In his work as a taxonomist for the Garden, Gleason traveled as a plant collector, becoming what he described as "hooked" on tropical American botany, specializing in the large family of melastomes, tropical plants ranging from black mouth fruits to handsome cultivated flowers, a group which engaged him for the rest of his career. His field work, on this family but especially many others, was reinforced by extensive study and identification on material collected by others and made available to him at the Garden.
A major assignment during his New York years, emblematic of his work as a taxonomist, was a revision of the Britton and Brown Illustrated Flora of the Northeastern United States (1952) which Maguire describes as a "heavy duty [that] intervened and essentially brought to a close Gleason's excellent studies of the South American floras and [his] detailed inquiry into the Melastomataceae...this great work...occupied some ten years of concentrated, self-disciplined attention." He did publish a few brief pieces on the melastomes after the Britton and Brown, and also two books with Arthur Cronquist, Manual of Vascular Plants of Northeastern United States and Adjacent Canada (1963) and the more general The Natural Geographyof Plants (1964). The latter, though coauthored, was an overt attempt by Gleason to summarize a life's work and make it accessible to a wider public.
Gleason's early ecological work on species-area relations, the problem of rare species, and his extensive taxonomic work all laid an initial base for contemporary concern among biologists (especially) about the threat to the earth's bio-diversity. Gleason wrote that analysis of "the various species in a single association would certainly show that their optimum environments are not precisely identical," a foreshadowing of later work on niche separation. McIntosh claimed in 1975 that Gleason's individualistic concept "must be seen not simply as one of historical interest but very likely as one of the key concepts of modern and, perhaps, future ecological thought." A revival of Glea son's emphasis on the individual at mid-twentieth century became one of the foundations for what some scientists in the second half of the twentieth century called a "new ecology," one that rejects imposed order and system and emphasizes the chaos, the randomness, the uncertainty and the unpredictability of natural systems. A call for 'adaptive' resource and environmental management policies flexible enough to respond to unpredictable change in individually variant natural systems is one outgrowth of such changes in thinking in ecology and the environmental sciences .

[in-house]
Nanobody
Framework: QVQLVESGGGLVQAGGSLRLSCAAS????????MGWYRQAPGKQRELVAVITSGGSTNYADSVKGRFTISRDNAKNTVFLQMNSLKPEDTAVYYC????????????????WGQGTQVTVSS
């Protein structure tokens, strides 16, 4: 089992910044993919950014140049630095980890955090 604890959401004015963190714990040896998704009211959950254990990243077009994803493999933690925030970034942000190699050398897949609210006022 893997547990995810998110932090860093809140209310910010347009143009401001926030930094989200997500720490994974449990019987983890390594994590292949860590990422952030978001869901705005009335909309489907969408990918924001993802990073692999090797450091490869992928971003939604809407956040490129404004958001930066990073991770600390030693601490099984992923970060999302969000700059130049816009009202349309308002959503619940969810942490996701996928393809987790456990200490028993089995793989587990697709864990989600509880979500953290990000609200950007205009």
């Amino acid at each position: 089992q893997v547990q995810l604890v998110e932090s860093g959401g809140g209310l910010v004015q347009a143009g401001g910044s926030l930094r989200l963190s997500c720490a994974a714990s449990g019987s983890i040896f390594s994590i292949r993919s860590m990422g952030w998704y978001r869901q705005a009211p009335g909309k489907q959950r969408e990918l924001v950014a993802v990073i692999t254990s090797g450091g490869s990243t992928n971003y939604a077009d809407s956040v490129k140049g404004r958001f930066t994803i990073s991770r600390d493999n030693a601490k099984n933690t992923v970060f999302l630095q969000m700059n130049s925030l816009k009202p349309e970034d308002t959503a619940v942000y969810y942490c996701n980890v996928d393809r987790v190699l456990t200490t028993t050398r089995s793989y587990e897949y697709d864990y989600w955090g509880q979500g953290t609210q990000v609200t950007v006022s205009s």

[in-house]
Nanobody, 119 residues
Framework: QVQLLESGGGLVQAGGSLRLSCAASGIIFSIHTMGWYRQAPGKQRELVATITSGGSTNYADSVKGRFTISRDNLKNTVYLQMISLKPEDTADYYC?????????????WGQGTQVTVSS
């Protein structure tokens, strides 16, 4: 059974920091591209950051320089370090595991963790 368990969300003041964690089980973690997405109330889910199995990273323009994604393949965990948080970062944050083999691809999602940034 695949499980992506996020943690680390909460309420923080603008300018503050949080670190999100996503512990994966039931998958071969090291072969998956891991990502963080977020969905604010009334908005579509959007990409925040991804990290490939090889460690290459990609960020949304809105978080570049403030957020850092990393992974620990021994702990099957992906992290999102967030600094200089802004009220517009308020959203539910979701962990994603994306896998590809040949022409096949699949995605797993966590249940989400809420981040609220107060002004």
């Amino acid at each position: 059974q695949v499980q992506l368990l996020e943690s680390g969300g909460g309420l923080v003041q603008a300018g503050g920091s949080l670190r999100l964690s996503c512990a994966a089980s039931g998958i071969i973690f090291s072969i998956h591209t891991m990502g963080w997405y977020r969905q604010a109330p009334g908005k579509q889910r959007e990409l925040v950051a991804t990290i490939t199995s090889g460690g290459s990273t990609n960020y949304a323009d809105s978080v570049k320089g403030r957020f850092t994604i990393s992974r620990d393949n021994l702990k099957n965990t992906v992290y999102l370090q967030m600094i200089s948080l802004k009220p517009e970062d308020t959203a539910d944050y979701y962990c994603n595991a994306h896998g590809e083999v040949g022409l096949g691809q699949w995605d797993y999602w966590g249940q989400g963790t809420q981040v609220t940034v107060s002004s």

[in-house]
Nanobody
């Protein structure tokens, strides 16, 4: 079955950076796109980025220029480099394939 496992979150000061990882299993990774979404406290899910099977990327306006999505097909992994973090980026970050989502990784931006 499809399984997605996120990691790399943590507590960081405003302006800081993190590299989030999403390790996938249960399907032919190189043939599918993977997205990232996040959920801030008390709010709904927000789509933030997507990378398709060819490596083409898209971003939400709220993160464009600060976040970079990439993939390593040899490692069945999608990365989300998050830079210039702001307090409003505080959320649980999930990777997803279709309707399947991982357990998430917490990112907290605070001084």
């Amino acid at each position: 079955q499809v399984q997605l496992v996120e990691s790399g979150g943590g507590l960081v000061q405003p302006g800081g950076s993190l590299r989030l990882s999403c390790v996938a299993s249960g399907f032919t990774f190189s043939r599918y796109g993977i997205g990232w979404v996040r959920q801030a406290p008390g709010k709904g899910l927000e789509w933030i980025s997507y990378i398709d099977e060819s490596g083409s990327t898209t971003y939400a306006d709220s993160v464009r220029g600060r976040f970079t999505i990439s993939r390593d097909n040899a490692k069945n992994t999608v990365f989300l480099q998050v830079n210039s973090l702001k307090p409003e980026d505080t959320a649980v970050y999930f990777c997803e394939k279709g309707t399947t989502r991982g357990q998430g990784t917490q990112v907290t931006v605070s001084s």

[Gerald L. Young ]
Gleason, H. A. "Twenty-Five Years of Ecology, 1910–1935." Vol. 4, Memoirs, Brooklyn Botanic Garden. Brooklyn: Brooklyn Botanic Garden, 1936.
Cain, Stanley A. "Henry Allan Gleason: Eminent Ecologist 1959." Bulletin of the Ecological Society of America 40, no. 4 (December 1959): 105–110.
Gleason, H. A. "Delving Into the History of American Ecology—Reprint of 1952 Letter to C. H. Muller." The Bulletin of the Ecological Society of America 56, no. 4 (December 1975): 7–10.
Maguire, Bassett. "Henry Allan Gleason—1881–1975." Bulletin of the Torrey Botanical Club 102, no. 5 (September/October 1975): 274–282.
McIntosh, Robert P. "H.A. Gleason—"Individualistic Ecologist" 1882–1975: His Contributions to Ecological Theory." Bulletin of the Torrey Botanical Club 102, no. 5 (September/October 1975): 253–273.
Nicolson, Malcolm. "Henry Allan Gleason and the Individualistic Hypothesis: The Structure of a Botanist's Career." The Botanical Review 56, no. 2 (April/June 1990): 91–161.